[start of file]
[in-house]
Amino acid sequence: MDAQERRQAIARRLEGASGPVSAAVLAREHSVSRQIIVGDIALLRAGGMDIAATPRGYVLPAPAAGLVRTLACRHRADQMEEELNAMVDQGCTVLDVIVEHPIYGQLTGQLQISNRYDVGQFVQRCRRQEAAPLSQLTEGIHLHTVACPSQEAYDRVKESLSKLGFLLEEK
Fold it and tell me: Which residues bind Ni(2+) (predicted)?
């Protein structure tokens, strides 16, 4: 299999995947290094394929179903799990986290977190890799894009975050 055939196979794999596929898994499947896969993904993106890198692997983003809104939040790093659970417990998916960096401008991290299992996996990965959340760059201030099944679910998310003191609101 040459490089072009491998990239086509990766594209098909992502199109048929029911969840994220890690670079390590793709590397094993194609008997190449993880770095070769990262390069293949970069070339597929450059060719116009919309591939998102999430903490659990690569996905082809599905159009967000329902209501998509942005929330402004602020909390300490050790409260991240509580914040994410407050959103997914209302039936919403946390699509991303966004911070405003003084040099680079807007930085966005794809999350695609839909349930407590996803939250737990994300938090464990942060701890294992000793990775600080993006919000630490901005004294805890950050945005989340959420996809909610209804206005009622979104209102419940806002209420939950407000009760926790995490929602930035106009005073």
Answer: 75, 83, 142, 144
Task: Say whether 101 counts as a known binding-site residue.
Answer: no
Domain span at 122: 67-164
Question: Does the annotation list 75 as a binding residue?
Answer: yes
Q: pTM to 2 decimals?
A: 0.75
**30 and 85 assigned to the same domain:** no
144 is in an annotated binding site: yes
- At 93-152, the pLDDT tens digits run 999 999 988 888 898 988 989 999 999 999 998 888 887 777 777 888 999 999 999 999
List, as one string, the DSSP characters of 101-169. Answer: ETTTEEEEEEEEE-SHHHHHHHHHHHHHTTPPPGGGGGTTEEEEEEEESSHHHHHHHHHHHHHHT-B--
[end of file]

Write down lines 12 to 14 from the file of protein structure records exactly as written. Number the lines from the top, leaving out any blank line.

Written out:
A: 0.75
**30 and 85 assigned to the same domain:** no
144 is in an annotated binding site: yes